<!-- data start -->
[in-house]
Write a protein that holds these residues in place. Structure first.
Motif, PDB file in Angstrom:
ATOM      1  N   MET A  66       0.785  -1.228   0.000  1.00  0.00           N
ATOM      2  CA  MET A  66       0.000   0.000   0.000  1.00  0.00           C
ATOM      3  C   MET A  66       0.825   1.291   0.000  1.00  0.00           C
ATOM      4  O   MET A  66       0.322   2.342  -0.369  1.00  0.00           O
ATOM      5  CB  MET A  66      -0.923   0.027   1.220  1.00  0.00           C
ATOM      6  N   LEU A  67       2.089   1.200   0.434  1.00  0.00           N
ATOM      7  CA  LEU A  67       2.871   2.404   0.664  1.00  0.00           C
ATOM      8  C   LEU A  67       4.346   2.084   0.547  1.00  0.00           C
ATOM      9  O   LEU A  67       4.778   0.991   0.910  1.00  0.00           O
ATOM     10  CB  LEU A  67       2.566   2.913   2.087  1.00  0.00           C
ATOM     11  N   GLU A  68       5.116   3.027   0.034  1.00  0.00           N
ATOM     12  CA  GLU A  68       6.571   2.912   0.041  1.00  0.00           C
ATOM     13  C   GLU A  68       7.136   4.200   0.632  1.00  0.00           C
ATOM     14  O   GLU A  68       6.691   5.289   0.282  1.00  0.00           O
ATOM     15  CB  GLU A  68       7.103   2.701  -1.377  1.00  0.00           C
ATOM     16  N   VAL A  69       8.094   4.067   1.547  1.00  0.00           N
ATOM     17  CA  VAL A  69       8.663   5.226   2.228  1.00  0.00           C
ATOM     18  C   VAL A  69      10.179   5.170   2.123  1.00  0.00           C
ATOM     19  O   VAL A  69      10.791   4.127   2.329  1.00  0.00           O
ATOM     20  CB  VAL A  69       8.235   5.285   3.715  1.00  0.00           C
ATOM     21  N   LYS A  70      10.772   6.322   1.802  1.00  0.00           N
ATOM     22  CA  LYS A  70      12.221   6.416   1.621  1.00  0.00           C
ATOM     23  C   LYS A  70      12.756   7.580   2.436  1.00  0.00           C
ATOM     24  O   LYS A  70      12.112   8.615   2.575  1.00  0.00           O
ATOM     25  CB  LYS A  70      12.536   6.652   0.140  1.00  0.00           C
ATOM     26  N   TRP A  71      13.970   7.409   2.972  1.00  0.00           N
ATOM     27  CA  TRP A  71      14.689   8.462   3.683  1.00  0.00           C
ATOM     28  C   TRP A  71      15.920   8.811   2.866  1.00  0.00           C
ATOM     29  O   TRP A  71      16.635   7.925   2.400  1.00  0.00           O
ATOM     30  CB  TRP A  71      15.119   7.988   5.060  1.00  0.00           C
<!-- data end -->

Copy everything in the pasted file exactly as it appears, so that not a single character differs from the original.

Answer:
[in-house]
Write a protein that holds these residues in place. Structure first.
Motif, PDB file in Angstrom:
ATOM      1  N   MET A  66       0.785  -1.228   0.000  1.00  0.00           N
ATOM      2  CA  MET A  66       0.000   0.000   0.000  1.00  0.00           C
ATOM      3  C   MET A  66       0.825   1.291   0.000  1.00  0.00           C
ATOM      4  O   MET A  66       0.322   2.342  -0.369  1.00  0.00           O
ATOM      5  CB  MET A  66      -0.923   0.027   1.220  1.00  0.00           C
ATOM      6  N   LEU A  67       2.089   1.200   0.434  1.00  0.00           N
ATOM      7  CA  LEU A  67       2.871   2.404   0.664  1.00  0.00           C
ATOM      8  C   LEU A  67       4.346   2.084   0.547  1.00  0.00           C
ATOM      9  O   LEU A  67       4.778   0.991   0.910  1.00  0.00           O
ATOM     10  CB  LEU A  67       2.566   2.913   2.087  1.00  0.00           C
ATOM     11  N   GLU A  68       5.116   3.027   0.034  1.00  0.00           N
ATOM     12  CA  GLU A  68       6.571   2.912   0.041  1.00  0.00           C
ATOM     13  C   GLU A  68       7.136   4.200   0.632  1.00  0.00           C
ATOM     14  O   GLU A  68       6.691   5.289   0.282  1.00  0.00           O
ATOM     15  CB  GLU A  68       7.103   2.701  -1.377  1.00  0.00           C
ATOM     16  N   VAL A  69       8.094   4.067   1.547  1.00  0.00           N
ATOM     17  CA  VAL A  69       8.663   5.226   2.228  1.00  0.00           C
ATOM     18  C   VAL A  69      10.179   5.170   2.123  1.00  0.00           C
ATOM     19  O   VAL A  69      10.791   4.127   2.329  1.00  0.00           O
ATOM     20  CB  VAL A  69       8.235   5.285   3.715  1.00  0.00           C
ATOM     21  N   LYS A  70      10.772   6.322   1.802  1.00  0.00           N
ATOM     22  CA  LYS A  70      12.221   6.416   1.621  1.00  0.00           C
ATOM     23  C   LYS A  70      12.756   7.580   2.436  1.00  0.00           C
ATOM     24  O   LYS A  70      12.112   8.615   2.575  1.00  0.00           O
ATOM     25  CB  LYS A  70      12.536   6.652   0.140  1.00  0.00           C
ATOM     26  N   TRP A  71      13.970   7.409   2.972  1.00  0.00           N
ATOM     27  CA  TRP A  71      14.689   8.462   3.683  1.00  0.00           C
ATOM     28  C   TRP A  71      15.920   8.811   2.866  1.00  0.00           C
ATOM     29  O   TRP A  71      16.635   7.925   2.400  1.00  0.00           O
ATOM     30  CB  TRP A  71      15.119   7.988   5.060  1.00  0.00           C